For a while, some moves by the open education community was lost in translation and limited to English. But this past week, one of the biggest massive open online course (MOOC) providers Coursera teamed up with a nonprofit crowd-sourced subtitling platform called Amara. That means Coursera courses could become even more widely available to students and learners in other countries. Khan Academy is already using the service. Here’s a roundup of the reports on the development.
Bianca Da Silva writes on CollegeClasses.com:
In an effort to allow more students the opportunity to be able to access and understand the courses available through Coursera and the Khan Academy, these two organizations are now partnering with Amara, which is a crowd source subtitling platform which works with volunteers from all over the world who translate content from one language to another. While universities are offering their courses to platforms such as Coursera, these are often in English and this means that only a limited number of students can benefit from them; with the assistance of translators, however, there is no telling how many will be able to take advantage of these online offerings.
Amara was established in 2010, and yet it now boasts having added 200,000 subtitles in around 100 different languages to various online videos. A prime example of the abilities of Amara is the fact that volunteers were able to translate the Kony 2012 video into 30 different languages in only two days; a substantial achievement for just about any organization. With potential such as this, the platform will turn any course into one that is easy to understand by anyone, anywhere in the world.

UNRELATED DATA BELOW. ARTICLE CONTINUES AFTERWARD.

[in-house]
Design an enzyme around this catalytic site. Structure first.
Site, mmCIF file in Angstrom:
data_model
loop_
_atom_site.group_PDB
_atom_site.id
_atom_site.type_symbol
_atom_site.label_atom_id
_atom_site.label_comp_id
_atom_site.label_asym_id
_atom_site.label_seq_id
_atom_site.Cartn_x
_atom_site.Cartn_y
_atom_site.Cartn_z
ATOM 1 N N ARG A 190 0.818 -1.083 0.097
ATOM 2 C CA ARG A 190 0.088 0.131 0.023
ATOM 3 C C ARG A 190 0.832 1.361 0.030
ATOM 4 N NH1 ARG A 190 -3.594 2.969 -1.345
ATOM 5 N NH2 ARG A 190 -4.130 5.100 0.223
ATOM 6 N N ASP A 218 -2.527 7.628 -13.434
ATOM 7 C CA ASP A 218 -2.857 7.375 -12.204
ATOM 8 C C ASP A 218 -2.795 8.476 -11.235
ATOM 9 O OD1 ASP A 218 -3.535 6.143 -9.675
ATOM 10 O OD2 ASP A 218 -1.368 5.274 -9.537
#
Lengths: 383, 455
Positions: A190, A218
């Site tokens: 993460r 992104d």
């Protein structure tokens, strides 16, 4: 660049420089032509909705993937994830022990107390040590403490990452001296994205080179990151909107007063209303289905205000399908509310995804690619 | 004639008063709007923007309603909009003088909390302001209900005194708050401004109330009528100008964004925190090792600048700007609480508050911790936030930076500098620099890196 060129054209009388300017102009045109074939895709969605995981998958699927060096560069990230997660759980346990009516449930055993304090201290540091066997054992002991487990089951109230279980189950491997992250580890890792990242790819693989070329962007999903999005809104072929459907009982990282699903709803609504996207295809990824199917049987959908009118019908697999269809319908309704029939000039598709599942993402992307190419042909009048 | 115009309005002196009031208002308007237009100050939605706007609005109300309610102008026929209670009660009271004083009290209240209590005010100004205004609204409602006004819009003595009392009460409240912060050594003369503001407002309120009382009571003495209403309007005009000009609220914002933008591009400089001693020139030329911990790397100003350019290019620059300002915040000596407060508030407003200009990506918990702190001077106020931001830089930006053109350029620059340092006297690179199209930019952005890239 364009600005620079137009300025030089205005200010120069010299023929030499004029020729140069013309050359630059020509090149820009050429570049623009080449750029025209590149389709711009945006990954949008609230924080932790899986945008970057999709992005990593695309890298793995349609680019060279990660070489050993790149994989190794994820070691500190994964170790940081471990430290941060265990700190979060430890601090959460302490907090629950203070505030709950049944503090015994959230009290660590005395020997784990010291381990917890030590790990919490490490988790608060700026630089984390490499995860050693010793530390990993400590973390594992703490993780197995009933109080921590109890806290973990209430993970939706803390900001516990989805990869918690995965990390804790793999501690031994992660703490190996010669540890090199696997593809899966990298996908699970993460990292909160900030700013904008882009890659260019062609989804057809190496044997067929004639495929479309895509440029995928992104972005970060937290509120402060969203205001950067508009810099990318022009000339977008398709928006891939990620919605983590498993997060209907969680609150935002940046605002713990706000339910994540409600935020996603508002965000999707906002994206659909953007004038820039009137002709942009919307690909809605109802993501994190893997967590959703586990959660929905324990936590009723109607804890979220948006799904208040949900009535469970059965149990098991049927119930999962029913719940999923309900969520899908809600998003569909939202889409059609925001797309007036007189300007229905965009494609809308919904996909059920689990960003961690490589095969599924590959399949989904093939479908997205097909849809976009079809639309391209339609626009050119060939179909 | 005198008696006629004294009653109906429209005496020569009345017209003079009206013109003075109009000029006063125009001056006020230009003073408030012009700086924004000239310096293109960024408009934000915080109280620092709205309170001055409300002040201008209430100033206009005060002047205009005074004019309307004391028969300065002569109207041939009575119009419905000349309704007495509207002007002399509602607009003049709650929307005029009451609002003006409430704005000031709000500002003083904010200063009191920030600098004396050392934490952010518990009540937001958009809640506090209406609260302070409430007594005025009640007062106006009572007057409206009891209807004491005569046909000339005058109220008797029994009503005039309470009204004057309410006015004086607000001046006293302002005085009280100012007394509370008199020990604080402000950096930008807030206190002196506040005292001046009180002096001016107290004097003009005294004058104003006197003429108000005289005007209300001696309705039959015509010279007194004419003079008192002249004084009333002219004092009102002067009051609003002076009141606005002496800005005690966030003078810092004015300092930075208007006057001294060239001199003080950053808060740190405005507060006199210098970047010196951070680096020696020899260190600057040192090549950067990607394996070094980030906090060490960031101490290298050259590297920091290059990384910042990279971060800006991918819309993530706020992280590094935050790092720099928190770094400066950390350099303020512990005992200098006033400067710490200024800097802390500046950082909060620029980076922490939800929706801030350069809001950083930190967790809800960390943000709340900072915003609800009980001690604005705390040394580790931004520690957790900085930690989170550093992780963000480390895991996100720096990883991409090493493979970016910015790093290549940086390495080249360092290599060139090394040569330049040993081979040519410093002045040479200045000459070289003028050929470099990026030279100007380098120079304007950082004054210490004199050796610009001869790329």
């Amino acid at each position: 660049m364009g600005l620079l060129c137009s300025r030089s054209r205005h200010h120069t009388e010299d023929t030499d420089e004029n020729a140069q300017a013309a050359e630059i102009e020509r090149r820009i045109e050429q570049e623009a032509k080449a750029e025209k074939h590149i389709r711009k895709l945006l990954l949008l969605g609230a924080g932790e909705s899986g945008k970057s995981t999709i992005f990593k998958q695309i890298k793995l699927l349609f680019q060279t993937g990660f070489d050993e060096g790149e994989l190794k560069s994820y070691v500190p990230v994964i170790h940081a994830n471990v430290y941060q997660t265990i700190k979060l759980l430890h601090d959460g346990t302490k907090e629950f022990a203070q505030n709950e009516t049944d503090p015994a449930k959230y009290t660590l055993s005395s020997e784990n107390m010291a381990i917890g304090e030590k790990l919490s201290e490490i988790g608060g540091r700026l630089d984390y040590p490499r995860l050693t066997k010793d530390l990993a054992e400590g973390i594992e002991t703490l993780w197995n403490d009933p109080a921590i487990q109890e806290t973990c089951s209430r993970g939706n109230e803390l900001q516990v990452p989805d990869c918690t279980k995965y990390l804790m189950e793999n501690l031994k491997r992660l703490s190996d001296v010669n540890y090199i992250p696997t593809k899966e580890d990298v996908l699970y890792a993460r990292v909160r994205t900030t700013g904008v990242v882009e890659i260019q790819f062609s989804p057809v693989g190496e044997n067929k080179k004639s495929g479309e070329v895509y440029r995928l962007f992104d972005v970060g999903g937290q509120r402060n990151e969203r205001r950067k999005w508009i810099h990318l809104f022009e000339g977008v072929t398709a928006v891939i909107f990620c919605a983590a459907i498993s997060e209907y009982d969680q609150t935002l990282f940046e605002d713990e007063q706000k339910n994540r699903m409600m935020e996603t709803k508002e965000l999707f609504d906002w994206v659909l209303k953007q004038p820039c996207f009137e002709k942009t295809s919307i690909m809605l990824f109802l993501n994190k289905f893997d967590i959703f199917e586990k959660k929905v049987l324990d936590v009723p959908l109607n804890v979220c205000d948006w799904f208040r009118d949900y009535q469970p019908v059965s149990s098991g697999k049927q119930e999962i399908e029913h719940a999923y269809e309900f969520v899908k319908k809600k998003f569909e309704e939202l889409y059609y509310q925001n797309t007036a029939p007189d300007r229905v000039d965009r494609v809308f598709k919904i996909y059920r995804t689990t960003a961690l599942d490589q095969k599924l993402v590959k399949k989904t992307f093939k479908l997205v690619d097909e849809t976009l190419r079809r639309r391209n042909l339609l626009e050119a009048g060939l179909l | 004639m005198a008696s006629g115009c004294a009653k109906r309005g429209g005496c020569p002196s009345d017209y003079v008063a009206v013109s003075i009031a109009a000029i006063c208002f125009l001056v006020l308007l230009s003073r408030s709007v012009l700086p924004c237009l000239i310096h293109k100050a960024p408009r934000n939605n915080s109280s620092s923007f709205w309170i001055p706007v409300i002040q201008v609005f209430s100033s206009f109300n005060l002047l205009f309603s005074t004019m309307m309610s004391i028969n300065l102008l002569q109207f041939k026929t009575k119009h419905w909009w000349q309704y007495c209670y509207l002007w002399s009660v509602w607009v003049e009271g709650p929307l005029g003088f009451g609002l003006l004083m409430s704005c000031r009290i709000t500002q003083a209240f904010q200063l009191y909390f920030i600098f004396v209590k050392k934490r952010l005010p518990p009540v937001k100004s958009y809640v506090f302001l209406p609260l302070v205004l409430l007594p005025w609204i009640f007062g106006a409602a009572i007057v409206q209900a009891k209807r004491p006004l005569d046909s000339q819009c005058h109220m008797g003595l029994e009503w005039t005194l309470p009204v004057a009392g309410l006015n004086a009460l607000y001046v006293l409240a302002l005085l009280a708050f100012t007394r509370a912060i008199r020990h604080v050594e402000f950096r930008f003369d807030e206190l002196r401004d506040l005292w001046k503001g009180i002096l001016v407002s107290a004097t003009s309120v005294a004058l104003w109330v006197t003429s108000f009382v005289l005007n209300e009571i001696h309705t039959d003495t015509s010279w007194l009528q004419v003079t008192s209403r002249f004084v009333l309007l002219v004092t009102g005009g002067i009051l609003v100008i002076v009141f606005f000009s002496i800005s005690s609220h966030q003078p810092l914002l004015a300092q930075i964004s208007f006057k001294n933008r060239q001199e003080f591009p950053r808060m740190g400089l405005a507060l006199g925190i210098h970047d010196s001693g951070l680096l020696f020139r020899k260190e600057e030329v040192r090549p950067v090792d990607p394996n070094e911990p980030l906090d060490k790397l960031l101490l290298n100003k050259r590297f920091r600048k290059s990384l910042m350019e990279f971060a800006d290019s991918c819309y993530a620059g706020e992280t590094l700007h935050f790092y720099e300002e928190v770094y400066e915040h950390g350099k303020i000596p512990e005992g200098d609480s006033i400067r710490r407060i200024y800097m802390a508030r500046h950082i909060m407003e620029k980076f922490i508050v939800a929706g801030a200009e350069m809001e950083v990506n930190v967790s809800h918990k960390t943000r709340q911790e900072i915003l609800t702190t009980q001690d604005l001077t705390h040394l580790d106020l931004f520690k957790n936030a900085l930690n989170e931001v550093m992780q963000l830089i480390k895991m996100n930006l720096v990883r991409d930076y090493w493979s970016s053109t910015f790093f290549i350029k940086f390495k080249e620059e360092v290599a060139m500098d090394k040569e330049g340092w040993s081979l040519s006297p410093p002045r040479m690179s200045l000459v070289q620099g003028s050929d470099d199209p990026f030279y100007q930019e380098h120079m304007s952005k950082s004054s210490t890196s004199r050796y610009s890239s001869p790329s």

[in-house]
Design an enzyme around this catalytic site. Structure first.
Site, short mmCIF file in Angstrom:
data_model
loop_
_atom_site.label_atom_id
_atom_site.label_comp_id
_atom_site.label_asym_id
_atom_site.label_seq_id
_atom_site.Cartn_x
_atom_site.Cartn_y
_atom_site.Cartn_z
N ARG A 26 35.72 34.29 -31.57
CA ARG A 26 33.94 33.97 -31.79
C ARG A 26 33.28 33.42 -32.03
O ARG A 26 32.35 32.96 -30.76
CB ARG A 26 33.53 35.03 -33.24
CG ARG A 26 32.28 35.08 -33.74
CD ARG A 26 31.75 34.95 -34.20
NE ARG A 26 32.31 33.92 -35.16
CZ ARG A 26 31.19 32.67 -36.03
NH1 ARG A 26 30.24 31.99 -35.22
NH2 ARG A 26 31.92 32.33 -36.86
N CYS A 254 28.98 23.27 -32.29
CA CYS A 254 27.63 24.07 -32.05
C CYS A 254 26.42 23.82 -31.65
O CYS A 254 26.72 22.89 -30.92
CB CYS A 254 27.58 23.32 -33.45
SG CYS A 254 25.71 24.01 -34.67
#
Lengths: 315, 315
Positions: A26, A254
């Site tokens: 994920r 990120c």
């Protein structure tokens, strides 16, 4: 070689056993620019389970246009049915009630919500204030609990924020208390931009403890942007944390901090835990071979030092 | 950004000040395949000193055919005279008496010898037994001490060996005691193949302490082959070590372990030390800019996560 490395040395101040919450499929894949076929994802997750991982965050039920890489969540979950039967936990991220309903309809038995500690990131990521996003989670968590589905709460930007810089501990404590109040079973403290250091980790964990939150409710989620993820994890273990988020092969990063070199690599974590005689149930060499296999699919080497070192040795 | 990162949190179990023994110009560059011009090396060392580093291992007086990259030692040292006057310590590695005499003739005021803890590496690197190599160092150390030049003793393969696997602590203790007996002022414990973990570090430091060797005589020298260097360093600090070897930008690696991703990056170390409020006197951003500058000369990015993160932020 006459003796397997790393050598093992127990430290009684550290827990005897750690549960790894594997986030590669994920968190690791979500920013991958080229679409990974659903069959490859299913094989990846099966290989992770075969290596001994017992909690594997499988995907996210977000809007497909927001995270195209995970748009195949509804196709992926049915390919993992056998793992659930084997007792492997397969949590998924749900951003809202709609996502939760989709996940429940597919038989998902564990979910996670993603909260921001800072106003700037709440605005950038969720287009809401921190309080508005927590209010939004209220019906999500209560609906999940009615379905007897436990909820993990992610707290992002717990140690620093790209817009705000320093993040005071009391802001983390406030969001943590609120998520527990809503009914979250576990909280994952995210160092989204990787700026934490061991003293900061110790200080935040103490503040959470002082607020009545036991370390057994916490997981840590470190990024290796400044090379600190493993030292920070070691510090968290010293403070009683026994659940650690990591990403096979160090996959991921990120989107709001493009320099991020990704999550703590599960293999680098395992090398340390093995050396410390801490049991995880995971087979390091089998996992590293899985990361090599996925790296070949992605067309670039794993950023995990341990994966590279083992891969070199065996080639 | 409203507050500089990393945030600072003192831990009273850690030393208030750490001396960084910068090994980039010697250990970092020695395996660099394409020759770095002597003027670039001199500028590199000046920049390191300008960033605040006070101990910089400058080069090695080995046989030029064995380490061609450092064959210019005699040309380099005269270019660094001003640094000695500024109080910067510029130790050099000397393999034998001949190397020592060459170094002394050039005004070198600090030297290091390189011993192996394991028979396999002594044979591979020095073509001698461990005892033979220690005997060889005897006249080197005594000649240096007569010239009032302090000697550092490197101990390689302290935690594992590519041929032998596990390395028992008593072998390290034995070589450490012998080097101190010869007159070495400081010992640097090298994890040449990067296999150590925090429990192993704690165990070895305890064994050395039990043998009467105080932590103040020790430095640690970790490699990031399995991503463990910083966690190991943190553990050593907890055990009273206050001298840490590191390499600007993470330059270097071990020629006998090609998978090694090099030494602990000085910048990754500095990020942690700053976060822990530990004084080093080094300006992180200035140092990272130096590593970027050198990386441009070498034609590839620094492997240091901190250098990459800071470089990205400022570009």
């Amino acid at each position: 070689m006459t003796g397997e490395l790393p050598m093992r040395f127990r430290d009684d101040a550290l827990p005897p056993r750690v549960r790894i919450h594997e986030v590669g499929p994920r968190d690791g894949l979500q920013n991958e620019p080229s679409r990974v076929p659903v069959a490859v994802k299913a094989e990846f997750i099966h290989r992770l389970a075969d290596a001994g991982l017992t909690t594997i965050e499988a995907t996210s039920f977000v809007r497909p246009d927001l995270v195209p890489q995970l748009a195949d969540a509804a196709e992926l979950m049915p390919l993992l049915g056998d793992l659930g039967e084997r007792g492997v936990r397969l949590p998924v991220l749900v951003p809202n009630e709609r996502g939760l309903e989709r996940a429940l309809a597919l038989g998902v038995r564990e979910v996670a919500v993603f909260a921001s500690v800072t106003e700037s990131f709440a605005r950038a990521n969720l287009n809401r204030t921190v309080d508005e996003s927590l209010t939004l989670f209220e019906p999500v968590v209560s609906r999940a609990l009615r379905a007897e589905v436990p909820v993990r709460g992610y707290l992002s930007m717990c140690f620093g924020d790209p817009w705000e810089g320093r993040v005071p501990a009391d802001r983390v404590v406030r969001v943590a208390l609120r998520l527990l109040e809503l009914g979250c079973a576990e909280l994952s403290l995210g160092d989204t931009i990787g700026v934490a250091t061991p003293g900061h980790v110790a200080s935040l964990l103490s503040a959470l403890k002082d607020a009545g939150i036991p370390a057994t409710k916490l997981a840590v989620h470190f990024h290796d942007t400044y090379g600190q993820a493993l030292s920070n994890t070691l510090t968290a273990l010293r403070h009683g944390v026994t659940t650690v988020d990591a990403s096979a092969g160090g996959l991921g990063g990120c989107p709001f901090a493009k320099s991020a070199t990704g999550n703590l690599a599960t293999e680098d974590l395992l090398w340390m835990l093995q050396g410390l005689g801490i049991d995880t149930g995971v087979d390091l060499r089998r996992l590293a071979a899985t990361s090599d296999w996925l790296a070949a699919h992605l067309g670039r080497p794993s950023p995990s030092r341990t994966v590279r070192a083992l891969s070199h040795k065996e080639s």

According to the cofounder of Coursera, Andrew Ng, Amara has been able to assist the organization in delivering “educational videos to hundreds of thousands of students around the world”. Since the number of students enrolled with Coursera recently hit the 1 million mark, this is set to provide many with the opportunity to access courses that would have otherwise been unavailable to them. So far, a few of the lectures have already been translated into over 10 languages, and this number is set to skyrocket soon.
James Marshall Crotty at Forbes.com writes:
Amara has also collaborated with PBS, TED Talks and Netflix (featured in a previous Crotty post) to give individuals, communities, and larger organizations the power to overcome accessibility and language barriers for online video. The TED collaboration is particularly impressive. TED has an 11,000-person volunteer translation army that runs exclusively on Amara and translates every single TED talk into 40+ languages. In addition, the PBS Newshour translation team achieved fast turnarounds on transcripts, captioning and translations of videos from the Republican National Convention.